Kohlert Model Breakdown
A preliminary note:
Originally, the designations “Regent”, “Popular” and “de Luxe” seem to have referred to finish, tonehole and/or keywork choices, and were not a “real” model desgination. However, by the 1950’s, this not only referred to finish choice, but also, with the addition of the Bixley models, student through professional quality.
I base this on a couple of observations:
* In my “Pre-WWII” set of horns, I have pictures of several nickel plated altos that lack G# trill keys and forked Eb keys labeled “Popular”, but the silver plated, unlabeled altos have both and have more elaborate engraving (no help from the contrabass or sopranino)
* I’ve got several of the beautiful “VKS” horns in my databases, but they’re all engraved a bit differently:
* In the 1950’s, I have pictures of the Regent, again. The tenor I have pics of looks exactly like a 57, but it’s in nickel plate and the serial number sorta-kinda indicates it’s made in 1956 – when Kohlert’s pro model was really a Keilwerth stencil by way of Amati.
The “de Luxe” made its debut or re-introduction in the 1960’s, after Kohlert quality had taken an immense nosedive. However, this model had rolled tone holes – and that seems the only difference between this and other Kohert models of the same era.
One other note: only the names below not in quotes are the Kohlert bona fide model names. The others I've "invented" to make the below list easier to create.
WINNENDEN (1949 to 1954): This is unquestionably Kohlert’s first new horn to be produced after WWII. It, to me, looks like a Martin Handcraft Committee II crossed with a Buescher True Tone crossed with a Malerne. The tone holes are again on the left side of the horn.
“KEILWERTH” (1956): In 1956, Kohlert stenciled a horn, rather than producing their own. It’s an Amati Toneking stencil with a Keilwerth serial number. Confused yet?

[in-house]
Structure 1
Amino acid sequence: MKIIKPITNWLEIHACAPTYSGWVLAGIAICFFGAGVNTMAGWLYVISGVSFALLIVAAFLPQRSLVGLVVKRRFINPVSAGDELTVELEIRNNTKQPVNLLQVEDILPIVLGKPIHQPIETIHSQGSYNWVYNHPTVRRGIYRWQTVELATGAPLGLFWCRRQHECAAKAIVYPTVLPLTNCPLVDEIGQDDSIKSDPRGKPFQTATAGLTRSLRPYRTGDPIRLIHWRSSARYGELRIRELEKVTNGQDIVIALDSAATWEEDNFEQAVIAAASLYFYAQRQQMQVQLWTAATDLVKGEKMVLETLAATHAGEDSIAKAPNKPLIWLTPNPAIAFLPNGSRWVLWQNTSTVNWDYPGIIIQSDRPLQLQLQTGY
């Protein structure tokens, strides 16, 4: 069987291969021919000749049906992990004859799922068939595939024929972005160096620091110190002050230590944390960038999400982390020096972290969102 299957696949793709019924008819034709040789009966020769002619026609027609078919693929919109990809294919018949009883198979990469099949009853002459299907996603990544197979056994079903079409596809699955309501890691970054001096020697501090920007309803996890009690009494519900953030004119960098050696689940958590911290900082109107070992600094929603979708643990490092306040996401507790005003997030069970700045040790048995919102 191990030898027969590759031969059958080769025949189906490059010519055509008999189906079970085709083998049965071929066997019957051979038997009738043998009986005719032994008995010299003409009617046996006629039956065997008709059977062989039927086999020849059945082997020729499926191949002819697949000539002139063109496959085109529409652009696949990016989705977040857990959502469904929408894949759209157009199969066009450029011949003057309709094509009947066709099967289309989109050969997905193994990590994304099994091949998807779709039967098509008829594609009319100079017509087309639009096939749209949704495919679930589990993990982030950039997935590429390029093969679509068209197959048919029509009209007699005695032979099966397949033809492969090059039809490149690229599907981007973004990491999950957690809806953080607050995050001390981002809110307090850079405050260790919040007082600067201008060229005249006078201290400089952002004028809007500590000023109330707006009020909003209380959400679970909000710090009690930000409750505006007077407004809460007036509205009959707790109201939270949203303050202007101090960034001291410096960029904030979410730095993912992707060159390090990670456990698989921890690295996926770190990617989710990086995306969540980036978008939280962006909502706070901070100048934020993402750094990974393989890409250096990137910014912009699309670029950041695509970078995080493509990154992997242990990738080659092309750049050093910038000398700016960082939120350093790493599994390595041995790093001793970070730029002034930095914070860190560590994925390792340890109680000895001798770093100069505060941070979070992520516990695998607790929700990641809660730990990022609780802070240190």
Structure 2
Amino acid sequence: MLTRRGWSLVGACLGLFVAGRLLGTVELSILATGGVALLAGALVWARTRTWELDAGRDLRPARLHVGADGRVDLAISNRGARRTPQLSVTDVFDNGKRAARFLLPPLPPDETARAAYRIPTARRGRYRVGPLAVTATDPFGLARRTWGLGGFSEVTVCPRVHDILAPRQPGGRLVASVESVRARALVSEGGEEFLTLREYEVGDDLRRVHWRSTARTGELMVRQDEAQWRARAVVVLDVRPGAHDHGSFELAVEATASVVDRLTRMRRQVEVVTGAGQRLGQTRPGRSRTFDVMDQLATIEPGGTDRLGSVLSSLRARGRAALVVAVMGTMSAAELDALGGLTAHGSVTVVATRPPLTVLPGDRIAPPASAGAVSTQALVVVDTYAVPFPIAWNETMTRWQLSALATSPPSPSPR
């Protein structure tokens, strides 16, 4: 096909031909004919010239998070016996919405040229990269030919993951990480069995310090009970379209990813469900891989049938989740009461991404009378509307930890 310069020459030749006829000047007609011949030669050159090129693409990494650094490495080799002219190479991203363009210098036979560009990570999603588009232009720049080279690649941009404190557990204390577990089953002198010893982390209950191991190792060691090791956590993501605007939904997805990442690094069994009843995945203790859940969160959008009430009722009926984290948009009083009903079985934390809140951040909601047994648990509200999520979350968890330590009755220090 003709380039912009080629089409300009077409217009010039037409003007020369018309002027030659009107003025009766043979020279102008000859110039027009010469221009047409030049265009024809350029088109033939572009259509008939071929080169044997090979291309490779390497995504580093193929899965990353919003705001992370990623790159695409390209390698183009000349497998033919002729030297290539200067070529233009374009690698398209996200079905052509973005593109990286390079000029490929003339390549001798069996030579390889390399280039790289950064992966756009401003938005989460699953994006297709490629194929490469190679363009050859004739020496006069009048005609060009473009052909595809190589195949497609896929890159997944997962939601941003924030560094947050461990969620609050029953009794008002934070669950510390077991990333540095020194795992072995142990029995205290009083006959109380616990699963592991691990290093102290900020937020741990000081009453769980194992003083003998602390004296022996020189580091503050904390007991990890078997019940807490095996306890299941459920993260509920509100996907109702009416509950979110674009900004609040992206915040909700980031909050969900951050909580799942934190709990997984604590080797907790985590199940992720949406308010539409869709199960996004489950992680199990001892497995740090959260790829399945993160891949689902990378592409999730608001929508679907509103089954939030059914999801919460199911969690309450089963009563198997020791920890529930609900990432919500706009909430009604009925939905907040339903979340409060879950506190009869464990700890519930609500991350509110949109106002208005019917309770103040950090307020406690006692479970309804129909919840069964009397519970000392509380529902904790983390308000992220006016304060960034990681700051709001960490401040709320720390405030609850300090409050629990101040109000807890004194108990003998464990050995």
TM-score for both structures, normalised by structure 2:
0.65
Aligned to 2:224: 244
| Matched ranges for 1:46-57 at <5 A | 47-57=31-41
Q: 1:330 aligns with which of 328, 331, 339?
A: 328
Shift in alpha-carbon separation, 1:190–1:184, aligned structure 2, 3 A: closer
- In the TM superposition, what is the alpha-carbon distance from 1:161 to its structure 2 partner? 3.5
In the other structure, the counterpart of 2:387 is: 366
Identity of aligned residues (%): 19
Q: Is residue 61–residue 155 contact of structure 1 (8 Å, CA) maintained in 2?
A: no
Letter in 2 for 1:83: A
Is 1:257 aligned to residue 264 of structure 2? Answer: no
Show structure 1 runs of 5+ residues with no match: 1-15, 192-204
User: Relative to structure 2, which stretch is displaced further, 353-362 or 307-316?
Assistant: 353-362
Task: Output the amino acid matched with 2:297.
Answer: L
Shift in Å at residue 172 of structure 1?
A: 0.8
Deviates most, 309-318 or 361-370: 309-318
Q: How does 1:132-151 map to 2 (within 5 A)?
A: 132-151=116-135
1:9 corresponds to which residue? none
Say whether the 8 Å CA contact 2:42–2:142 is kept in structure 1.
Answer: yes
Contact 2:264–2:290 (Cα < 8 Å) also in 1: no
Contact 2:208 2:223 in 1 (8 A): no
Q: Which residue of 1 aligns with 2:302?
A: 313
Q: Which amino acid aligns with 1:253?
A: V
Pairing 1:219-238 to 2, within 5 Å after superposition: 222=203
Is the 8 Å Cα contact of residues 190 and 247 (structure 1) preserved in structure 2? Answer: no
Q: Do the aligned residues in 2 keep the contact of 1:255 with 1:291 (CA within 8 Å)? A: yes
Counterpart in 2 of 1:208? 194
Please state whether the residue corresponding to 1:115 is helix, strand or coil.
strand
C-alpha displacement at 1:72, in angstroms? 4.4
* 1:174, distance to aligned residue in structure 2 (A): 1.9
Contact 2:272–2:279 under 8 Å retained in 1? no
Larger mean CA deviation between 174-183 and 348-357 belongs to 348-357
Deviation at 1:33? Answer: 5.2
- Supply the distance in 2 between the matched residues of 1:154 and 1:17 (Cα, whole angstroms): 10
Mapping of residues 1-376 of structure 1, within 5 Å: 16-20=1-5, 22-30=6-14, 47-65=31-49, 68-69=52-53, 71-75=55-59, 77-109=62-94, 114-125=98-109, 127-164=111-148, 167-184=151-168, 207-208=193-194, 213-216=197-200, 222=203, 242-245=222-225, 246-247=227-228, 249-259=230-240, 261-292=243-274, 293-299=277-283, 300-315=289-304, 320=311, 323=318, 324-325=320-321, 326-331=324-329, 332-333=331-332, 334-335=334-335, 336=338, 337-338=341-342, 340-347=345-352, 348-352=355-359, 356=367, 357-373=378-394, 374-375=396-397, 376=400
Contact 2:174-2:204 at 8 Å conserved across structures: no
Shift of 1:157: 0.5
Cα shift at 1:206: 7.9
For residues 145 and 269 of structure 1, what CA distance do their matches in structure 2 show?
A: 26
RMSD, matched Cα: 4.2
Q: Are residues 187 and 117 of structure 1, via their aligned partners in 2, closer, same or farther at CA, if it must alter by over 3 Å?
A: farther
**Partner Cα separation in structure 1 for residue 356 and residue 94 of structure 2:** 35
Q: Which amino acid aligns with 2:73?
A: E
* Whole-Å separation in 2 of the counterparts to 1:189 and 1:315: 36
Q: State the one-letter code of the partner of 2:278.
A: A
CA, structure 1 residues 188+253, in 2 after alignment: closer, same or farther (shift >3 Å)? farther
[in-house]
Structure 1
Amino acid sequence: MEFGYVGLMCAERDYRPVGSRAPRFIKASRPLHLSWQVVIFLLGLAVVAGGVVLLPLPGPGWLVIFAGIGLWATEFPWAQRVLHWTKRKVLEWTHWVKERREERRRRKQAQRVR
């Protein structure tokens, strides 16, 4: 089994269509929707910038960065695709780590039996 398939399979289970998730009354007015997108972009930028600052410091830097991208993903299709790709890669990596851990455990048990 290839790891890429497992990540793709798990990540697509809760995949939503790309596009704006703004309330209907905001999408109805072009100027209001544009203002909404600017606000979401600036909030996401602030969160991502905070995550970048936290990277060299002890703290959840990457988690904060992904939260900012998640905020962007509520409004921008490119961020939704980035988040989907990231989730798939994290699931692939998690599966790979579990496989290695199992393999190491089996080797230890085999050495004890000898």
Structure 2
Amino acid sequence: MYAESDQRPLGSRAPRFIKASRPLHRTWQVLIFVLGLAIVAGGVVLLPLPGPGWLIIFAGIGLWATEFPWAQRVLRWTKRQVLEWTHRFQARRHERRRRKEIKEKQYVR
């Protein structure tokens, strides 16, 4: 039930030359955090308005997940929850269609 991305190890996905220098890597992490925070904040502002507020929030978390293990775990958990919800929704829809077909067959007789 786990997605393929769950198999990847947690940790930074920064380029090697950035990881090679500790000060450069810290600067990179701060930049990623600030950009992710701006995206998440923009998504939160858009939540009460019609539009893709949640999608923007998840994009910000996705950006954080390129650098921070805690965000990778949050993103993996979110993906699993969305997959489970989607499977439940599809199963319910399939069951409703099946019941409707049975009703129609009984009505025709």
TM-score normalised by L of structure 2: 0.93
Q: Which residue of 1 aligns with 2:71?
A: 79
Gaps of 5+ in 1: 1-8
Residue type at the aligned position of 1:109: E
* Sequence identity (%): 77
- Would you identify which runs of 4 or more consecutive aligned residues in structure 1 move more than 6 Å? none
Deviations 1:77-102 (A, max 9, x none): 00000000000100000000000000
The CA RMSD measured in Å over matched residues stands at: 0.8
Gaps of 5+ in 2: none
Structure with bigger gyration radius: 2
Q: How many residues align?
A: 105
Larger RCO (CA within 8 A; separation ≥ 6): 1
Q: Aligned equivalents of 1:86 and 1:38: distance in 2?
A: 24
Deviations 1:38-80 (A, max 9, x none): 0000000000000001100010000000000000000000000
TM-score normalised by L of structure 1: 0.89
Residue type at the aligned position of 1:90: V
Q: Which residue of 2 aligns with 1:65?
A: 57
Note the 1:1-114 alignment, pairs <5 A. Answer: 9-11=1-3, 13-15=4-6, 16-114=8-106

At the end of WWII, Amati “nationalized” the Kohlert and Keilwerth companies and produced horns using, mainly, the Keilwerth tooling (very few used the Kohlert tooling -- see above). They kept the same Keilwerth model name, “Best in the World” stamp and serial number chart, even.
These horns are not the equivalent of “real” Keilwerth horns: the keywork is a bit lacking.
“1950's MODELS ” (1955 to 1959, excepting 1956): Again, Kohlert labeled a group of horns according to specific years produced: 55, 57, 58 and 59. These are the last “good” Kohlerts ever produced, according to most popular opinion, with the 57 being the unarguable best.
The 55 is essentially a slightly redesigned Winnenden, but the 57 is a completely new design with right hand bell keys and somewhat reworked keywork. According to some, particularly www.cybersax.com, it’s on par with the Mark VI in terms of sound quality.
In 1956, Kohlert’s pro model was actually an Amati-assembled Keilwerth (see above), but they seem to have reintroduced the Regent around this time. IMHO, this horn looks like a 57 with different plating. If you look at a 1958 Regent – and factor in comments from some owners – it appears that the Regent became an “intermediate” model by the time the 57 was actually introduced.
BIXLEY (1957 to 1966): 1957 was a good year for Kohlert. They had just entered into their agreement with Western distributors in 1955 and needed to produce an intermediate/student model to meet the demand.The Bixley is definitely a mass-produced, fairly low quality student horn that was sold primarily as a Boosey & Hawkes stencil called either “The Edgware” (note the spelling -- not "Fogware") or “The Oxford” (if you happened to get one in Canada ). It’s possible that these horns were also sold by Sears in the US as either the “Silvertone” or “Concertone” model (no pictures yet).
KOHLERT (1960 to 1977): The last series of Kohlert horns is supposed to have been called “Popular, Regent, Star and Excelsior” (see the company history). I’ve yet to find “Star” or “Excelsior” engraved on any Kohlert horn (possibly a bad translation from Czech to English to German to English), though.
There are at least two variants that I’ve seen:
* de Luxe models: these are the rolled-tone-hole versions.
The highest serial number I have seen is 92656. Because I like big round numbers, I hope that maybe Kohlert got to 100000. The only thing that's documented, though, is that saxophone production did end in 1977.
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